For years, hospitals and doctors were delivering more and more babies at 37 and 38 weeks of pregnancy. The number of deliveries at 37 to 38 weeks now makes up about 20% of the four million annual births in the U.S.
Induced births and Caesarean section births are called early-elective deliveries.
About 10% to 15% of early-elective deliveries are induced. An expert says as many as 30% of inducements have no medical reason. The deliveries were often scheduled for the convenience of the doctor or the mother.
Hospitals are now working very hard to reduce these numbers. Part of their success depends on educating the mother.
Doctors say the final weeks of pregnancy are important to the baby’s health. Vital organs such as the brain and lungs are developing up to the 39th week.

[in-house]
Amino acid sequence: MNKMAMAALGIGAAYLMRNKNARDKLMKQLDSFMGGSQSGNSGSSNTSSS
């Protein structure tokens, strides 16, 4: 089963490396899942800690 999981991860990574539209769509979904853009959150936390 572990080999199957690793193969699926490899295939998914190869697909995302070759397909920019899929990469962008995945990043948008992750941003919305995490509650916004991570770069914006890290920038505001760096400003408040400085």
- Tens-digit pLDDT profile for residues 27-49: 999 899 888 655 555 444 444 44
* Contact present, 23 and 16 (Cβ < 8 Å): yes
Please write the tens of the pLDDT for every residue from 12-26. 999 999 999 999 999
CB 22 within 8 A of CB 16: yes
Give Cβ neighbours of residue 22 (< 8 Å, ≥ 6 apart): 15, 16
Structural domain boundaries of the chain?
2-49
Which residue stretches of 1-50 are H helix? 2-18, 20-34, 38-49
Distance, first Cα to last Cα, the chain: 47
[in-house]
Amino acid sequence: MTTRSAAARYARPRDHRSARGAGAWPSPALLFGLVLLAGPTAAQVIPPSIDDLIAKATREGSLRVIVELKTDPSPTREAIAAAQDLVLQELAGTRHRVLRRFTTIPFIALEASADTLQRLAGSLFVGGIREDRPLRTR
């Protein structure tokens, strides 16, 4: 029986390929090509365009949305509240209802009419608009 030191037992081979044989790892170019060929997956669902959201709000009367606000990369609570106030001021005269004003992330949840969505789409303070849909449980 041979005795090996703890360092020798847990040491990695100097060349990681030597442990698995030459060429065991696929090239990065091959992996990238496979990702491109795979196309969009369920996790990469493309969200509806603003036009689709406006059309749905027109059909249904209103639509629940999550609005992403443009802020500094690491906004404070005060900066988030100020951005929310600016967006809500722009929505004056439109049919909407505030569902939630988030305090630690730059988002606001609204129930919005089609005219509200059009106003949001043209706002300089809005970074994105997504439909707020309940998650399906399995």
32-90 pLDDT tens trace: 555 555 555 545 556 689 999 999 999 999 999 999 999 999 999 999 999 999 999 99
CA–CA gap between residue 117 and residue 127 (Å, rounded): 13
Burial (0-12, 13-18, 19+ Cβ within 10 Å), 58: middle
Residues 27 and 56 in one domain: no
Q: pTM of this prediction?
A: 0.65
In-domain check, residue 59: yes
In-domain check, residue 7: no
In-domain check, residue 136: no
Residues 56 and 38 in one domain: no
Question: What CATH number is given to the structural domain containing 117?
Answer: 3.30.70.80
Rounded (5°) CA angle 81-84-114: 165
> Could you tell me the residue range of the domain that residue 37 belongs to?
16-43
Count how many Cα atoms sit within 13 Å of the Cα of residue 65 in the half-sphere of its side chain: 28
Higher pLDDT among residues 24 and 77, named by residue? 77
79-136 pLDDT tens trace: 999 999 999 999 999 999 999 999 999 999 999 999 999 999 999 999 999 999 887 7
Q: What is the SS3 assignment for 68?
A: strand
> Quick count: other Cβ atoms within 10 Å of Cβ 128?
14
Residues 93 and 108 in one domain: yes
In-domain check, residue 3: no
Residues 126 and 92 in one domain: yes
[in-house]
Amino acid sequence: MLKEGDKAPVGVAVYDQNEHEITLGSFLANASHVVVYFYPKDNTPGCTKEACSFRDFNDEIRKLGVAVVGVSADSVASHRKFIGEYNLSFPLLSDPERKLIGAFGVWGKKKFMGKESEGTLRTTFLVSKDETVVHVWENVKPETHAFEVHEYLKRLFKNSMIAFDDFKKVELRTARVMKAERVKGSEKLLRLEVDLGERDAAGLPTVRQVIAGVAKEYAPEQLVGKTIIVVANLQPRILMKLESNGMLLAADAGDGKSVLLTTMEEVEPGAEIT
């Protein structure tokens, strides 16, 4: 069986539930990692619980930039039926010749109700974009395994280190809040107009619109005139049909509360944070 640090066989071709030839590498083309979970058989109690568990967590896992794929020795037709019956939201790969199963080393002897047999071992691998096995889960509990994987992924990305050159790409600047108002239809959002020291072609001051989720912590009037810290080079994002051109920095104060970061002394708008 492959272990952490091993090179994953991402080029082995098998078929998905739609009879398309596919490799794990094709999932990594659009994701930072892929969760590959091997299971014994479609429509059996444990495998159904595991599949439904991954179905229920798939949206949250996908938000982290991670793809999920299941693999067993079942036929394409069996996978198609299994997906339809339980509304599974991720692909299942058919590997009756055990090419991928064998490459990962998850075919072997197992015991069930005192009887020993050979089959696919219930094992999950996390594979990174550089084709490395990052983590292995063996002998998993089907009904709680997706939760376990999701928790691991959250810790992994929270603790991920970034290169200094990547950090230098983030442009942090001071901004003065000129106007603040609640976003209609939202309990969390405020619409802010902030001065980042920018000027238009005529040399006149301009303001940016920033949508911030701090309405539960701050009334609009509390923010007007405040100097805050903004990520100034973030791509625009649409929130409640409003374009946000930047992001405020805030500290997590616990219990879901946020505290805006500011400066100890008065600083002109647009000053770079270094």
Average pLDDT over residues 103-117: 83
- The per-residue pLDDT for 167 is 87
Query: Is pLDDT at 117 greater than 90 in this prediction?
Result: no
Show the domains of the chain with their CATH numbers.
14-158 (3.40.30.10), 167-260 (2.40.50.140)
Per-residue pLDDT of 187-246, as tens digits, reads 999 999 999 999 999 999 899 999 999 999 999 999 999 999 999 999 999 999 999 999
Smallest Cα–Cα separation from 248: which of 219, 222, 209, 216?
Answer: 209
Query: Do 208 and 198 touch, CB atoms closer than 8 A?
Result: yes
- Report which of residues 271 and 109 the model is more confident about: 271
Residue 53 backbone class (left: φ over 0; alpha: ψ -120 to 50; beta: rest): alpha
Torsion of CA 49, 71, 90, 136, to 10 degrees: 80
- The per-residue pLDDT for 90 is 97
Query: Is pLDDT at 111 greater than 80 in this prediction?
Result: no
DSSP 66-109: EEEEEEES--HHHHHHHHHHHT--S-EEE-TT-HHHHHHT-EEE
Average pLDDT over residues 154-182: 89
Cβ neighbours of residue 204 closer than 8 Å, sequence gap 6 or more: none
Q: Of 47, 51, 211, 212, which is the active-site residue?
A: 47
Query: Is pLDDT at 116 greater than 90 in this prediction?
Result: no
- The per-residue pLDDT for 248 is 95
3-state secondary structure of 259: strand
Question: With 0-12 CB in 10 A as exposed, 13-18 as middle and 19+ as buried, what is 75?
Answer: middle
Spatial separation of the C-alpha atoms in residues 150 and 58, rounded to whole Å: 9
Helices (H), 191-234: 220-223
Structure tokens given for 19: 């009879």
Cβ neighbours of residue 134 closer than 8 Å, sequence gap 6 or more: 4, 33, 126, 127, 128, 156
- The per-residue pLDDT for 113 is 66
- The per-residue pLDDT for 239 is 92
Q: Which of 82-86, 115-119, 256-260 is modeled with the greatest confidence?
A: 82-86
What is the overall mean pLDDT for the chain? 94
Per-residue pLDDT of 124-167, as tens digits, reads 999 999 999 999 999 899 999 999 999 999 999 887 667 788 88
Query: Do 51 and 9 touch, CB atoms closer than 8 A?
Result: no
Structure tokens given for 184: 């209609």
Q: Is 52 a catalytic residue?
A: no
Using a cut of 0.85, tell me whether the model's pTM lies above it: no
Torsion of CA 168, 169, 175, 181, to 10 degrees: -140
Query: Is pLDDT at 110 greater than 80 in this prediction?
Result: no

Insurers and employers know that early delivery babies often end up in neonatal intensive care units (health care to babies 1 to 4 weeks old). Reducing that number can save about $1 billion a year.
The good news is that the number of early-elective deliveries can go down. Twenty-six hospitals took part in a recent study. In those hospitals early-elective deliveries fell to 4.8 percent of all deliveries. A year earlier they were 27.8 percent of all deliveries. Caesarean deliveries also went way down.
The study is encouraging health providers to take steps to reduce the number and risks of early-elective delivery.